By Amy Geiszler-Jones - Photography by Aaron Patton
Editor’s Note: CEO Spotlight is a recurring monthly feature on CEOs, presidents and business owners in the Wichita area.
Janelle King has become one of the most fervent wavers of Wichita’s flag – by offering one of the largest selections of flag merchandise and by immersing herself in both the local business community and cultural scene.
But she’ll be the first to tell you that more than 15 years ago, she never imagined she’d pick up that banner.
As a teenager, she couldn’t wait to leave Wichita for other parts of the state – the college town of Manhattan and then the bigger urban setting of Kansas City, places filled with more culture and tradition than the middle of Kansas where she’d spent her high school years, she thought.
With the impending birth of the first of her two daughters and the added financial costs that such a milestone event brings, she came back to Wichita in 2004 for the practical reason of a lower cost of living with the added bonus of being closer to family.
When she realized living in Wichita was going to be a more permanent thing, she decided she’d go all in with her efforts to make a life here for her and her family – and to make it a cool, hip place for others, too.
“When I came back, while I was pleasantly surprised that it was better than I remembered, there was still more that could be done,” King said. “I’m a little on the impatient side so I don’t want to wait for change to happen. You can sit around and complain or you can do something to make it better.”
She found a job with a now-defunct local furniture and home design business, and built up an impressive list of interior design clients with her marketing skills, honed while working as a marketing director for a national health care center. She found she loved indulging her creative side, the one that had been nurtured by her mother who had taken her to art fairs and other creative events as a kid.
In 2013, King opened her business, The Workroom, an interior design company, sewing workroom and local artist consignment shop. and coined the term “flag swag” as she started selling fabric remnants with the now ubiquitous Wichita flag printed on them. In part, her business was founded out of the necessity of needing to find qualified seamstresses to custom-sew the home furnishings she wanted to provide to clients. The flag swag turned out to be a successful, initial calling card for her business.
She employs a full-time seamstress and contracts with others for design work. The Workroom, which occupies 3,200 square feet at 150 N. Cleveland, also sells the wares of about 100 local artists and has perhaps the largest selection of Wichita flag merchandise, which has expanded beyond those initial remnants.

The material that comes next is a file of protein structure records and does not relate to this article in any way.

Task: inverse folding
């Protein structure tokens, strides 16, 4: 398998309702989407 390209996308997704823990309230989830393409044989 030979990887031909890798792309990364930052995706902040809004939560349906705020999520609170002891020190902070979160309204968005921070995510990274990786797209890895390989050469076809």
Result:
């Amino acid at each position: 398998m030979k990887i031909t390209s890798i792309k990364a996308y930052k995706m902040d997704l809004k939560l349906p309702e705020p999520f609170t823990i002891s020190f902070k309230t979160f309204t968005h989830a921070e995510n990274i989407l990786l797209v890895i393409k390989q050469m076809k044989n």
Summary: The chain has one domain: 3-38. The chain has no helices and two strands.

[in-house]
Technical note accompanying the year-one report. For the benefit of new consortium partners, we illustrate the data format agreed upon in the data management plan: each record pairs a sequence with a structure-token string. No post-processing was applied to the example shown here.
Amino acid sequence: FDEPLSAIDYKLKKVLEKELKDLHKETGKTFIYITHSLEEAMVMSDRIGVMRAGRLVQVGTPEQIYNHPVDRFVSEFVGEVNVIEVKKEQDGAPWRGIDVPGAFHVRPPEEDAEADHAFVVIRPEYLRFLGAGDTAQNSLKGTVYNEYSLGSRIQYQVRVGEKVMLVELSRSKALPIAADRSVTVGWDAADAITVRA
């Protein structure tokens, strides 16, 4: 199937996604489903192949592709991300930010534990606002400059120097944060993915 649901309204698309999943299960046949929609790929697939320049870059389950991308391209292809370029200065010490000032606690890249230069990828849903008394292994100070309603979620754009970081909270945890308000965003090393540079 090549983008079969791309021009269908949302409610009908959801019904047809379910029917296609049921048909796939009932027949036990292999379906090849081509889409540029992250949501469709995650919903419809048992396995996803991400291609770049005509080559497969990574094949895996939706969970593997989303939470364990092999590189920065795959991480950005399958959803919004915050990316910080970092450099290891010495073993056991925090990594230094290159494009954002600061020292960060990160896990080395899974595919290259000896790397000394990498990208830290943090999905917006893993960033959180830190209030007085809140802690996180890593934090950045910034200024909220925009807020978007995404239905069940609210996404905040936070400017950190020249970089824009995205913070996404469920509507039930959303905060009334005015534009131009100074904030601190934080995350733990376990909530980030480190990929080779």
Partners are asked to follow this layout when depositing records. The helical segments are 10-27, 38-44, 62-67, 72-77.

As an artist and a business owner in the Douglas Design District, she’s become a proponent of shopping local and is helping fuel the creative spark that seems to permeate that nearly 3-mile stretch from Washington to Oliver on Wichita’s beloved and historic Douglas Avenue. The district recently extended its north and south boundaries from 2nd Street to Kellogg. According to the DDD website, the district is home to more than 300 locally owned businesses. King serves as president of the DDD’s business association, which was founded about a decade ago.
She said she got more involved as she started finding other like-minded business owners who want to create a movement for engaging creative people, entrepreneurs and citizens in different ways and fill residents with Wichita pride.
King has two degrees – a bachelor’s degree in marketing from Kansas State University and a master’s in organizational development from Friends University – and she’s putting both to use with events she spearheads and organizes.
She founded Avenue Art Days in fall 2015 as way to bring color to the district, and then created the DDD’s 2nd Saturday Artisan Market. Avenue Art Days is now an annual falltime event, drawing both artists and community members to create murals together at various businesses. The murals – many of which incorporate the Wichita flag, local icons and other items that showcase the city – have become popular with businesses, residents and visitors, often serving as backdrops for selfies and posed pictures.
She’s currently involved in the Wichita Community Foundation’s Up the Ambition program that is helping fund 11 projects to engage the community in inventive ways. King is the lead coordinator in an upcoming summertime project called Level Up, a party being staged in the former Macy’s parking garage at 215 S. Market. Musicians, artists, makers, local food vendors, local brewers and more will fill the garage’s different loops and levels. With a date yet to be determined for the party, “the idea is for it to feel like a constant exploration and surprise around every turn,” King said. “It will all culminate with a rooftop party.”
Her self-described “impatient side” has driven her to other involvement, too: working with city officials on plans to renovate and revive the Chester I. Lewis Reflection Square Park at 205 E. Douglas, which is the site of the former Woolworth building, and pushing for implementation of the city’s Douglas Revitalization Plan.
“I’m not afraid to get involved and speak my opinion,” said King, who earlier that day had been at a City Council meeting for discussions on the proposed future of Century II.
As The Workroom’s pet mascot, a parakeet named Mr. Artie, chirped in the background, King was a bit cagey when asked about future plans for her business: “I’m looking at some more business ventures that are complementary to where I’m at.”
But one thing’s for sure, she’ll keep looking for ways to expand her community involvement and engagement to make Wichita a desirable place to call home and to visit.
“I don’t know what maintaining is. I’m always looking for what’s next.”